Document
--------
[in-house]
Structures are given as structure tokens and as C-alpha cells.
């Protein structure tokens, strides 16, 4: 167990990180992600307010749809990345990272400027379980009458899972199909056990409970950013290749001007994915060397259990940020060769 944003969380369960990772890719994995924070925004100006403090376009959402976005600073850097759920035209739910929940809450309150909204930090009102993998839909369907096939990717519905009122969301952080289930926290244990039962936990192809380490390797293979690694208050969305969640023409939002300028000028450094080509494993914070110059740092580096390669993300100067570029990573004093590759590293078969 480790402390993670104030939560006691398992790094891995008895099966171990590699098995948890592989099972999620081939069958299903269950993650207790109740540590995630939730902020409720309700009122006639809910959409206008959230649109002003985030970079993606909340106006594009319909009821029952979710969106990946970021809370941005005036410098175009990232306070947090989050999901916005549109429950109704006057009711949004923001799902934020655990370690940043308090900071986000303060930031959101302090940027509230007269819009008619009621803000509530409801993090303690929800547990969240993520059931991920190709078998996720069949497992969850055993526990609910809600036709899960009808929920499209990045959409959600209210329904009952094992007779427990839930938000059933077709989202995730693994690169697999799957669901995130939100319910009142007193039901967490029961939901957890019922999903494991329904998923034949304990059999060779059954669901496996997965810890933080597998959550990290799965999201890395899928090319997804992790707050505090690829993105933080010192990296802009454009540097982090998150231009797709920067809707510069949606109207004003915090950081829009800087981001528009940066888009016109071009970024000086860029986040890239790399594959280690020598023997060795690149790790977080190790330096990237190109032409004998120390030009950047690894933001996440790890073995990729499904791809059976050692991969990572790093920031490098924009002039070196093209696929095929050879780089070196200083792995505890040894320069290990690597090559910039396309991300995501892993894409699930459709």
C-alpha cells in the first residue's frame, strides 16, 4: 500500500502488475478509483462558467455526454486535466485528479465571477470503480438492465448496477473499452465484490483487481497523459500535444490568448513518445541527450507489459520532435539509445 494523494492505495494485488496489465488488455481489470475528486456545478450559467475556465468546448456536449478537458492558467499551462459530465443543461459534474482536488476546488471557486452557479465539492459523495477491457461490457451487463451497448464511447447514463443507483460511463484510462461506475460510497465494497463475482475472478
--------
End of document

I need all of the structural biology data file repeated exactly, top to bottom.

[in-house]
Structures are given as structure tokens and as C-alpha cells.
């Protein structure tokens, strides 16, 4: 167990990180992600307010749809990345990272400027379980009458899972199909056990409970950013290749001007994915060397259990940020060769 944003969380369960990772890719994995924070925004100006403090376009959402976005600073850097759920035209739910929940809450309150909204930090009102993998839909369907096939990717519905009122969301952080289930926290244990039962936990192809380490390797293979690694208050969305969640023409939002300028000028450094080509494993914070110059740092580096390669993300100067570029990573004093590759590293078969 480790402390993670104030939560006691398992790094891995008895099966171990590699098995948890592989099972999620081939069958299903269950993650207790109740540590995630939730902020409720309700009122006639809910959409206008959230649109002003985030970079993606909340106006594009319909009821029952979710969106990946970021809370941005005036410098175009990232306070947090989050999901916005549109429950109704006057009711949004923001799902934020655990370690940043308090900071986000303060930031959101302090940027509230007269819009008619009621803000509530409801993090303690929800547990969240993520059931991920190709078998996720069949497992969850055993526990609910809600036709899960009808929920499209990045959409959600209210329904009952094992007779427990839930938000059933077709989202995730693994690169697999799957669901995130939100319910009142007193039901967490029961939901957890019922999903494991329904998923034949304990059999060779059954669901496996997965810890933080597998959550990290799965999201890395899928090319997804992790707050505090690829993105933080010192990296802009454009540097982090998150231009797709920067809707510069949606109207004003915090950081829009800087981001528009940066888009016109071009970024000086860029986040890239790399594959280690020598023997060795690149790790977080190790330096990237190109032409004998120390030009950047690894933001996440790890073995990729499904791809059976050692991969990572790093920031490098924009002039070196093209696929095929050879780089070196200083792995505890040894320069290990690597090559910039396309991300995501892993894409699930459709």
C-alpha cells in the first residue's frame, strides 16, 4: 500500500502488475478509483462558467455526454486535466485528479465571477470503480438492465448496477473499452465484490483487481497523459500535444490568448513518445541527450507489459520532435539509445 494523494492505495494485488496489465488488455481489470475528486456545478450559467475556465468546448456536449478537458492558467499551462459530465443543461459534474482536488476546488471557486452557479465539492459523495477491457461490457451487463451497448464511447447514463443507483460511463484510462461506475460510497465494497463475482475472478